Q. What does the B. stand for in Benoit B. Mandelbrot?
A. Benoit B. Mandelbrot


Mark responds:

I live out in the wilds of New Jersey. We are still chewing on A BRIEF HISTORY OF TIME, FLATLAND, and GÖDEL, ESCHER, BACH. [-mrl]

This Week's Reading (book comments by Evelyn C. Leeper):

Here are the notes for the second chapter of the annotation of MOBY DICK I am working on. I am not working this slowly; I am actually up to chapter 104. (The page numbers are from the British Penguin edition.)

CHAPTER 2: The Carpet-Bag

Page 26:

To say that Nantucket is "Tyre of this Carthage" to New Bedford is to mean that Nantucketers were the founders of New Bedford (or at least the progenitors in some sense). Carthage (in present-day Tunisia) was founded three thousand years ago by Phoenician colonists from Tyre (in present-day Lebanon).

Page 28:

"The first thing I did was to stumble over an ash-box in the porch. Ha! thought I, ha, as the flying particles almost choked me, are these ashes from that destroyed city, Gomorrah?" The ash-box was there to provide ashes to spread on icy steps, paths, etc., during the winter. The dark color helped absorb sunlight (and heat) and melted the ice faster, plus the ash provided a grittier surface. In Melville's time, ash (from fireplaces, cooking fires, etc.) was plentiful and free, while salt cost money, and also did not provide a non-slip surface.

Gomorrah was destroyed along with Sodom for its wickedness: "Then the Lord rained upon Sodom and upon Gomorrah brimstone and fire from the Lord out of heaven; ... And [Abraham] looked toward Sodom and Gomorrah, and toward all the land of the plain, and beheld, and, lo, the smoke of the country went up as the smoke of a furnace. [Genesis 19:24,28] It is interesting to note that in the Bible, Sodom is occasionally mentioned on its own, but Gomorrah is only mentioned in conjunction with Sodom. So Melville's choice of Gomorrah rather than Sodom here is intriguing.

Page 28:

Then Ishmael enters what he thinks may be an inn, and reports, "It seemed the great Black Parliament sitting in Tophet. A hundred black faces turned round in their rows to peer; and beyond, a black Angel of Doom was beating a book in a pulpit. It was a negro church; and the preacher's text was about the blackness of darkness, and the weeping and wailing and teeth-gnashing there. Ha, Ishmael, muttered I, backing out, Wretched entertainment at the sign of 'The Trap!'" Tophet was a shrine to Moloch in ancient times: "And they have built the high places of Tophet, which is in the valley of the son of Hinnom, to burn their sons and their daughters in the fire; which I commanded them not, neither came it into my heart." [Jeremiah 7:31). It is also another name for Hell. There was no "Black Parliament" in either, but there were several English and Scottish Parliaments given that name. Ishmael's use of the words "blackness of darkness" emphasizes how ironic it is for a black preacher to preach using those terms for the representation of evil. And Melville did not invent them; the preacher's text was Jude 1:13: "Raging waves of the sea, foaming out their own shame; wandering stars, to whom is reserved the blackness of darkness for ever." With its "raging waves of the sea," how appropriate a text for a sea-faring town such as New Bedford! And is it a prefiguration in miniature of Father Mapple's sermon?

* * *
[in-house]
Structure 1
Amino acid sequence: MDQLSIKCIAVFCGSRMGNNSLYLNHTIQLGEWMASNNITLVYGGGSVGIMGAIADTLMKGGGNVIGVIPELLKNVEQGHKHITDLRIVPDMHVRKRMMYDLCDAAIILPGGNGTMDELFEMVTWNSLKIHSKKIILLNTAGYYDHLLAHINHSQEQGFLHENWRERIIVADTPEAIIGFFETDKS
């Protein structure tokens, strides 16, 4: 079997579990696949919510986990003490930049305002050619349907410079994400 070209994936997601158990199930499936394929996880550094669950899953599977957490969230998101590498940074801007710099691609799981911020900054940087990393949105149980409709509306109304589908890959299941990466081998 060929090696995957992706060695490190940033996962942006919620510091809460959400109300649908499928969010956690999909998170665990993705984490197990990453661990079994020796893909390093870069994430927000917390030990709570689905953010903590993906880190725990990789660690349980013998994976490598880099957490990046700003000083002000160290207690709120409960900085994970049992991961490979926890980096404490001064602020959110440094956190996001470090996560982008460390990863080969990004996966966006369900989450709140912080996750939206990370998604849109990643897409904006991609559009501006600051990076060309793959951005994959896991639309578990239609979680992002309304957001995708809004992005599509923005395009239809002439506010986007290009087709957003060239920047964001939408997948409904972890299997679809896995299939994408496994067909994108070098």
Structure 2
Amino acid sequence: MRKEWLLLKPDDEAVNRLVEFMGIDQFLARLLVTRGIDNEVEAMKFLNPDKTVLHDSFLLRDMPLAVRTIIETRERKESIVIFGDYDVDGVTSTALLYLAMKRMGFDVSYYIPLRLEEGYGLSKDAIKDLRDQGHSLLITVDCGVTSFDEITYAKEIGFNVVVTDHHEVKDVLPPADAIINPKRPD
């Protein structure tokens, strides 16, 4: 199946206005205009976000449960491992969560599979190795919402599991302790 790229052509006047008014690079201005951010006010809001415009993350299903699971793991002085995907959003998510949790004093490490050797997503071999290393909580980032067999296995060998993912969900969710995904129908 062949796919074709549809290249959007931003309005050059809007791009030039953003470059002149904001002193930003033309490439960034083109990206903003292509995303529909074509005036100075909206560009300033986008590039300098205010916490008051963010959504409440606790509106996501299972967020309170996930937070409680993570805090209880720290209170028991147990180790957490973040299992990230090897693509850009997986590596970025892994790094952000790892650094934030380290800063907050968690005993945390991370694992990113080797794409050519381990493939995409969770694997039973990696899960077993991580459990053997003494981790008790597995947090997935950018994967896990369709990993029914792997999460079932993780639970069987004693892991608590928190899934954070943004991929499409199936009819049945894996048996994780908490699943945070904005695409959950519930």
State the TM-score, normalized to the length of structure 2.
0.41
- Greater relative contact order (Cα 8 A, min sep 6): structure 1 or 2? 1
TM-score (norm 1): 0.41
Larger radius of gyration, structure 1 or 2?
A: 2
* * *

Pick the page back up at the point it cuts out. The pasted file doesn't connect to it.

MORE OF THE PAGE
"Pea coffee" is just what it sounds like--a coffee substitute made from roasted English (green) peas.

"It stood on a sharp bleak corner, where that tempestuous wind Euroclydon kept up a worse howling than ever it did about poor Paul's tossed craft." This is a reference to the northeast wind mentioned in Acts 27:14-18: "But not long after there arose against it a tempestuous wind, called Euroclydon. And when the ship was caught, and could not bear up into the wind, we let her drive. And running under a certain island which is called Clauda, we had much work to come by the boat: Which when they had taken up, they used helps, undergirding the ship; and, fearing lest they should fall into the quicksands, strake sail, and so were driven. And we being exceedingly tossed with a tempest, the next day they lightened the ship; ..." And of course, to New Englanders, the nor'easter is the most feared storm.

There follows a long analogy to the parable of Lazarus and the rich man from Luke 16:20-25. (This is a different Lazarus than the one who rose from the dead.) When Ishmael refers to "old Dives, in his red silken wrapper," that is the rich man, "Dives" being a Latin appellation for wealth.

Is the painting in the Spouter Inn a well-known painting, or just a generic whaling painting?


                                          Mark Leeper

Quote of the Week:

          Much of what I make is geometric, and has a kind of almost 
          mathematical logic to the form.
                                          --Anish Kapoor